Destabilization in self-ratings of the psychotherapeutic process is associated with better treatment outcome in patients with mood disorders

Merlijn Olthof*, Fred Hasselman, Guido Strunk, Benjamin Aas, Guenter Schiepek, Anna Lichtwarck-Aschoff

*Corresponding author for this work

Research output: Contribution to journalArticleAcademicpeer-review

17 Citations (Scopus)
7 Downloads (Pure)

Abstract

Objective: While destabilization periods characterized by high variability and turbulence in a patient's psychological state might seem obstructive for psychotherapy, a complex systems approach to psychopathology predicts that these periods are actually beneficial as they indicate possibilities for reorganization within the patient. The present study tested the hypothesis that destabilization is related to better treatment outcome. Method: 328 patients who received psychotherapy for mood disorders completed daily self-ratings about their psychotherapeutic process. A continuous measure of destabilization was defined as the relative strength of the highest peak in dynamic complexity, a measure for variability and turbulence, in the self-ratings of individual patients. Results: Destabilization was found to be related to better treatment outcome. When improvers and non-improvers were analyzed separately, destabilization was found to be related to better treatment outcome in improvers but not in non-improvers. Conclusions: Destabilization in daily self-ratings of the psychotherapeutic process is associated with better treatment outcome. The identification of destabilization periods in process-monitoring data is clinically relevant. During destabilization, patients are believed to be increasingly sensitive to the effects of therapy. Clinicians could tailor their interventions to these sensitive periods.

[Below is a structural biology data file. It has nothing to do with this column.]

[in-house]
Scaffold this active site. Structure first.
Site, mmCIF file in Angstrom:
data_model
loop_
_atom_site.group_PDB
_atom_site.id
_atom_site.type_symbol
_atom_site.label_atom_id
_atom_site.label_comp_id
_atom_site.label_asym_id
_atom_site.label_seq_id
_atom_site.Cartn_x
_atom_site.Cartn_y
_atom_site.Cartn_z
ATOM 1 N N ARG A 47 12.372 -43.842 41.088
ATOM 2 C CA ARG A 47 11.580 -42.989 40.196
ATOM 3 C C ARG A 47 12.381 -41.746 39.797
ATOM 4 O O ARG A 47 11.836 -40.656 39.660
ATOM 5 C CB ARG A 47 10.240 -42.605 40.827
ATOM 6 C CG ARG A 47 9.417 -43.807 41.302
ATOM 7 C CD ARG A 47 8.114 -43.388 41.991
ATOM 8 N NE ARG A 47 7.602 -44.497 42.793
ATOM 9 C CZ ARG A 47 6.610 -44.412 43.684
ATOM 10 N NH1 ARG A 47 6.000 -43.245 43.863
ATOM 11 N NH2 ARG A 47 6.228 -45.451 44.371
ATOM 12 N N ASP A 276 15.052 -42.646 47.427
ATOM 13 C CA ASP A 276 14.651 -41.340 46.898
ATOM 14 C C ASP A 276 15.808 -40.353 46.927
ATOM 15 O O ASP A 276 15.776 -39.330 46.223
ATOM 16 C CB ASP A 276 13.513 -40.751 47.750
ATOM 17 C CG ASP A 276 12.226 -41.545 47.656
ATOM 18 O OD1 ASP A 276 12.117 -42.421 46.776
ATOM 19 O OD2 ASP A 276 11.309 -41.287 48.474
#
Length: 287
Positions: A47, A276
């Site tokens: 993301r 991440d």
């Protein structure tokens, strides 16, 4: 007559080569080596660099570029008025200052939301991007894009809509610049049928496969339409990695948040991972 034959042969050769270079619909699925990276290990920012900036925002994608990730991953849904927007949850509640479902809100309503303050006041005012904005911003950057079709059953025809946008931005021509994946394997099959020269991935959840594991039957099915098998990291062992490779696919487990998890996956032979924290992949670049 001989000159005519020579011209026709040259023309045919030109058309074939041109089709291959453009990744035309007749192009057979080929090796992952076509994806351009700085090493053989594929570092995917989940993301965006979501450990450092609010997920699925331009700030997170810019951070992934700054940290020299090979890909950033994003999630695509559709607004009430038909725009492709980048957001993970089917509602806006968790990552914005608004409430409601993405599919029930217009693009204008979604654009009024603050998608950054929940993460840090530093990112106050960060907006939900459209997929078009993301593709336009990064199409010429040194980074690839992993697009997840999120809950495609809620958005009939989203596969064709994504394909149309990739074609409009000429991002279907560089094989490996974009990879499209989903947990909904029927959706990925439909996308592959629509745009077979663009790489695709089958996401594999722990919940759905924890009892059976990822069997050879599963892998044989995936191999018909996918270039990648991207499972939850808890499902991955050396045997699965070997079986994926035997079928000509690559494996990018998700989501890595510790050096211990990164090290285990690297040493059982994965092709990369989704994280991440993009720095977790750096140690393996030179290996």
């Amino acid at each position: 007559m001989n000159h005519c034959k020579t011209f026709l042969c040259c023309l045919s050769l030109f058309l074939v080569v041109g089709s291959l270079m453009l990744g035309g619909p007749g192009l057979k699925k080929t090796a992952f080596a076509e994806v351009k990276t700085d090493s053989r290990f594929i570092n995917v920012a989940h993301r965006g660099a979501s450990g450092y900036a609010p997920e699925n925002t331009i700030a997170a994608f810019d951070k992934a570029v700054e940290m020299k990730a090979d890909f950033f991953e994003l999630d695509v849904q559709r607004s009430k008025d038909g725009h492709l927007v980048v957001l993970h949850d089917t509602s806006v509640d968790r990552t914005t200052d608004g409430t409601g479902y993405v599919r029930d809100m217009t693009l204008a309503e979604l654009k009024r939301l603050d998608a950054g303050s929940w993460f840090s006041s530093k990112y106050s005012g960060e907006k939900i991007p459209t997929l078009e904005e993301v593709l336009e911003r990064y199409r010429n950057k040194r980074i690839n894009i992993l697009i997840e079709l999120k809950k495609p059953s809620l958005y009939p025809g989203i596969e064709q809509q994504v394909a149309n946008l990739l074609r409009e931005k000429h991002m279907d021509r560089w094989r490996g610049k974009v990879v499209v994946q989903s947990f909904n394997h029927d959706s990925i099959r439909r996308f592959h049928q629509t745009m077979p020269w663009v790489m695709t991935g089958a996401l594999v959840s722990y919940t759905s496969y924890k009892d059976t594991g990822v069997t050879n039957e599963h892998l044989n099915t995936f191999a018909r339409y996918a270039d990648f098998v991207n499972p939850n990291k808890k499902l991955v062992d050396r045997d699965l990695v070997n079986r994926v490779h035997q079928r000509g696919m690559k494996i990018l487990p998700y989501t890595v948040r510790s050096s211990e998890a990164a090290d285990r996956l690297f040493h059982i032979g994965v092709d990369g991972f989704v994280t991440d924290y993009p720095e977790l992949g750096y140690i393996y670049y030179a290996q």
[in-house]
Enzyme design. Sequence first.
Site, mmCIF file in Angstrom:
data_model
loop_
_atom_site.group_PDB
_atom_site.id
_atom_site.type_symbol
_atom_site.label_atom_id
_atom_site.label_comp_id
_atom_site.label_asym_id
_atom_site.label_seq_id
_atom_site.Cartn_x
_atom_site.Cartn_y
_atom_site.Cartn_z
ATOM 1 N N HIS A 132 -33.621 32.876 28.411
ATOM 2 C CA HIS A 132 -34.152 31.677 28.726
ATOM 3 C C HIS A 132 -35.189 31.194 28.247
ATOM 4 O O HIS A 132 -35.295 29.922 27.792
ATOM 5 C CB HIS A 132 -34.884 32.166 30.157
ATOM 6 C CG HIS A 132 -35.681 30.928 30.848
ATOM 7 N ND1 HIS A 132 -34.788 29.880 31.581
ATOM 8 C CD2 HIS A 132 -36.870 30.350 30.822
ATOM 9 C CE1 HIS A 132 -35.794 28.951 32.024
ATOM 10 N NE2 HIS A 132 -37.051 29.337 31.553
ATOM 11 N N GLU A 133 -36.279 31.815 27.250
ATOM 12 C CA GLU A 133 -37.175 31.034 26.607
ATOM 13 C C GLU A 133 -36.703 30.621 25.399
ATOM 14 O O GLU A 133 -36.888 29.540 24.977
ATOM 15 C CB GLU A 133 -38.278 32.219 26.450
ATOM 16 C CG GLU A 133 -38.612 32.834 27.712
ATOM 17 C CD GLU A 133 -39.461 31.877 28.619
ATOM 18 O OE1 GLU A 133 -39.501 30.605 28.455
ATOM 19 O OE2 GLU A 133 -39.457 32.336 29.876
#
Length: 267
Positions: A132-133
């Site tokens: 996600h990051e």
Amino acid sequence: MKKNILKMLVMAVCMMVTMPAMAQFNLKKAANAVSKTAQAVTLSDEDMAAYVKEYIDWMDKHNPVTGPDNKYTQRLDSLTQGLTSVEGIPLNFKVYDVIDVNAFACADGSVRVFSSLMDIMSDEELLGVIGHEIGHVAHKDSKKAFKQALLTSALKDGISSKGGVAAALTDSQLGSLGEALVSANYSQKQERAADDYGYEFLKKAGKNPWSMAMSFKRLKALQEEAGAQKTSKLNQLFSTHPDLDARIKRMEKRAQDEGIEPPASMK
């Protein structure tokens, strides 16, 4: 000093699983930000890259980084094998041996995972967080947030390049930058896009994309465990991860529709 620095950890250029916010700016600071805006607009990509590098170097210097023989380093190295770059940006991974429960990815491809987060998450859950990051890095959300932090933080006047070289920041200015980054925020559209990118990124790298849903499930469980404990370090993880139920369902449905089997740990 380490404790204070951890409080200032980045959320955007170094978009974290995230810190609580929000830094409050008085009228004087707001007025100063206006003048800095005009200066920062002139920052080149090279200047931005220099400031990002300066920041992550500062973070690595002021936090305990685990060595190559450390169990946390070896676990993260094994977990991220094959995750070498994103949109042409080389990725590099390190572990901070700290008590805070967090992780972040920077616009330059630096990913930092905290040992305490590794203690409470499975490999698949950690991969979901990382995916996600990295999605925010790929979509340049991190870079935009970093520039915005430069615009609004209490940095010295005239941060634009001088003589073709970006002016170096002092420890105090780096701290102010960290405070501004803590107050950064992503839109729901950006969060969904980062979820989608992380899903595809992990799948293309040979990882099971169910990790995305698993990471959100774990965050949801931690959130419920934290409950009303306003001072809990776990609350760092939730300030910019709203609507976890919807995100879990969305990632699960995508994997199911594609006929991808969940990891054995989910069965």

Original languageEnglish
Pages (from-to)520-531
Number of pages12
JournalPsychotherapy research
Volume30
Issue number4
DOIs
Publication statusPublished - 18-May-2020
Externally publishedYes

Keywords

  • destabilization
  • change processes
  • mood disorders
  • complex systems
  • psychotherapy
  • DYNAMIC-SYSTEMS APPROACH
  • CRITICAL SLOWING-DOWN
  • PHASE-TRANSITIONS
  • COGNITIVE THERAPY
  • PSYCHIATRY
  • MECHANISMS
  • DEPRESSION
  • PATTERNS
  • MODEL
  • ONSET

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